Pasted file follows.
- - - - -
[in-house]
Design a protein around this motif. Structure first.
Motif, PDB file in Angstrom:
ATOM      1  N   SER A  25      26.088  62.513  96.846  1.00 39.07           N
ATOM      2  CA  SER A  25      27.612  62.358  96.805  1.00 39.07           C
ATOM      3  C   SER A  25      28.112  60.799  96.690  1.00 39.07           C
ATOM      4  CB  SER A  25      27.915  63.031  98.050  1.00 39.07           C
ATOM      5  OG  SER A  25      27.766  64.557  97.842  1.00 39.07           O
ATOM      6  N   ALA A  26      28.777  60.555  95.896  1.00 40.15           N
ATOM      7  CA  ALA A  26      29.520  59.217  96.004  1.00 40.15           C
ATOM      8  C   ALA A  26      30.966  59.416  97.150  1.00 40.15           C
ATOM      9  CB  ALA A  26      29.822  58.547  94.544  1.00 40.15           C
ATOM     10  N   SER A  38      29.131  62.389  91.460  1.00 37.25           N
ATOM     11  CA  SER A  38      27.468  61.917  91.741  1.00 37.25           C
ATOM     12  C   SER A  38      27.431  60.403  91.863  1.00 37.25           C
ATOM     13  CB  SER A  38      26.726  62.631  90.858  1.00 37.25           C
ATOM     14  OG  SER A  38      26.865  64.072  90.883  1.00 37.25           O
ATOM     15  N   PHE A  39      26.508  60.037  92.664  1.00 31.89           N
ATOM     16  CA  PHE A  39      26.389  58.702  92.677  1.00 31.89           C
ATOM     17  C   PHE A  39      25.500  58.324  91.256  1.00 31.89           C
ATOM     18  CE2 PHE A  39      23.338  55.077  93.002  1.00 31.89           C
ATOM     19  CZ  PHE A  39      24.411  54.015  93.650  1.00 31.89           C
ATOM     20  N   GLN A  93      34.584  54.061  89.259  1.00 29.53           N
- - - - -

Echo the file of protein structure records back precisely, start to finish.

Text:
[in-house]
Design a protein around this motif. Structure first.
Motif, PDB file in Angstrom:
ATOM      1  N   SER A  25      26.088  62.513  96.846  1.00 39.07           N
ATOM      2  CA  SER A  25      27.612  62.358  96.805  1.00 39.07           C
ATOM      3  C   SER A  25      28.112  60.799  96.690  1.00 39.07           C
ATOM      4  CB  SER A  25      27.915  63.031  98.050  1.00 39.07           C
ATOM      5  OG  SER A  25      27.766  64.557  97.842  1.00 39.07           O
ATOM      6  N   ALA A  26      28.777  60.555  95.896  1.00 40.15           N
ATOM      7  CA  ALA A  26      29.520  59.217  96.004  1.00 40.15           C
ATOM      8  C   ALA A  26      30.966  59.416  97.150  1.00 40.15           C
ATOM      9  CB  ALA A  26      29.822  58.547  94.544  1.00 40.15           C
ATOM     10  N   SER A  38      29.131  62.389  91.460  1.00 37.25           N
ATOM     11  CA  SER A  38      27.468  61.917  91.741  1.00 37.25           C
ATOM     12  C   SER A  38      27.431  60.403  91.863  1.00 37.25           C
ATOM     13  CB  SER A  38      26.726  62.631  90.858  1.00 37.25           C
ATOM     14  OG  SER A  38      26.865  64.072  90.883  1.00 37.25           O
ATOM     15  N   PHE A  39      26.508  60.037  92.664  1.00 31.89           N
ATOM     16  CA  PHE A  39      26.389  58.702  92.677  1.00 31.89           C
ATOM     17  C   PHE A  39      25.500  58.324  91.256  1.00 31.89           C
ATOM     18  CE2 PHE A  39      23.338  55.077  93.002  1.00 31.89           C
ATOM     19  CZ  PHE A  39      24.411  54.015  93.650  1.00 31.89           C
ATOM     20  N   GLN A  93      34.584  54.061  89.259  1.00 29.53           N